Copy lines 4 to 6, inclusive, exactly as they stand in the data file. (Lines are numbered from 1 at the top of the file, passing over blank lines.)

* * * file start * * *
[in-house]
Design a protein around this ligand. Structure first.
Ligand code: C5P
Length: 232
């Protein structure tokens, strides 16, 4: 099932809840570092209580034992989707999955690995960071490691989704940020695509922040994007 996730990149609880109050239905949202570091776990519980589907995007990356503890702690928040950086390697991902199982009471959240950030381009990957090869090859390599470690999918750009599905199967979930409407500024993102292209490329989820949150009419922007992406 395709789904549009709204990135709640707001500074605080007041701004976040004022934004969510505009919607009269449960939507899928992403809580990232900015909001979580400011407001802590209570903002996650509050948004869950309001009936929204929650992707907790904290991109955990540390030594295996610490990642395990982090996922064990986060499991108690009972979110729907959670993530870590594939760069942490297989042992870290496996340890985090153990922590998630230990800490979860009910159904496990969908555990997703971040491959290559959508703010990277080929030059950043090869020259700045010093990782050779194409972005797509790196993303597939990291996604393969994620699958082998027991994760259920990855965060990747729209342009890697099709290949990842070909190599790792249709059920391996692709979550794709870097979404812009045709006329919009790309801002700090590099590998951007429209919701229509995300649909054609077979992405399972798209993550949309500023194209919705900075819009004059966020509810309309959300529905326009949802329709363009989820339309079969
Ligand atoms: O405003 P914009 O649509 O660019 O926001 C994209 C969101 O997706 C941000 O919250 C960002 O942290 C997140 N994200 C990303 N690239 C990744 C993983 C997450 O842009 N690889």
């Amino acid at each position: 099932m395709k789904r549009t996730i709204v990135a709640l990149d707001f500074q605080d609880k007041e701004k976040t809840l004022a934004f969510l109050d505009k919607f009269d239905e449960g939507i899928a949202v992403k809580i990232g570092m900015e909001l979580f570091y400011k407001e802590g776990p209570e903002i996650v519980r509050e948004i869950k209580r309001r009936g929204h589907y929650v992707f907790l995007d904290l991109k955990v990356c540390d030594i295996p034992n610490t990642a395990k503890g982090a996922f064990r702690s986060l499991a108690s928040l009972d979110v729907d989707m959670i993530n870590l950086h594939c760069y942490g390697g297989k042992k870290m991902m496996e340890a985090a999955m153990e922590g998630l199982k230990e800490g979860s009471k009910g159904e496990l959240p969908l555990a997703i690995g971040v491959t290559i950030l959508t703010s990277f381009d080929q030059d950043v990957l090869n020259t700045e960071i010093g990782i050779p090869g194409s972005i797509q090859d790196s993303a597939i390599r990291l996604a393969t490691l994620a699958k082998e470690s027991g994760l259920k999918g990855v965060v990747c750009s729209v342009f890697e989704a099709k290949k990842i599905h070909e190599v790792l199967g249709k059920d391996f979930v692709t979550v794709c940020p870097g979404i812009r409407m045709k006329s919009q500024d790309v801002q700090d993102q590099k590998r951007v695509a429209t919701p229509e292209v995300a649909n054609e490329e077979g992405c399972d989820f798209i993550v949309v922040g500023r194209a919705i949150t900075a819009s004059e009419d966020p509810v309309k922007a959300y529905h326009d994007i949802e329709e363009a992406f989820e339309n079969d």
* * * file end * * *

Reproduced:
Length: 232
């Protein structure tokens, strides 16, 4: 099932809840570092209580034992989707999955690995960071490691989704940020695509922040994007 996730990149609880109050239905949202570091776990519980589907995007990356503890702690928040950086390697991902199982009471959240950030381009990957090869090859390599470690999918750009599905199967979930409407500024993102292209490329989820949150009419922007992406 395709789904549009709204990135709640707001500074605080007041701004976040004022934004969510505009919607009269449960939507899928992403809580990232900015909001979580400011407001802590209570903002996650509050948004869950309001009936929204929650992707907790904290991109955990540390030594295996610490990642395990982090996922064990986060499991108690009972979110729907959670993530870590594939760069942490297989042992870290496996340890985090153990922590998630230990800490979860009910159904496990969908555990997703971040491959290559959508703010990277080929030059950043090869020259700045010093990782050779194409972005797509790196993303597939990291996604393969994620699958082998027991994760259920990855965060990747729209342009890697099709290949990842070909190599790792249709059920391996692709979550794709870097979404812009045709006329919009790309801002700090590099590998951007429209919701229509995300649909054609077979992405399972798209993550949309500023194209919705900075819009004059966020509810309309959300529905326009949802329709363009989820339309079969
Ligand atoms: O405003 P914009 O649509 O660019 O926001 C994209 C969101 O997706 C941000 O919250 C960002 O942290 C997140 N994200 C990303 N690239 C990744 C993983 C997450 O842009 N690889």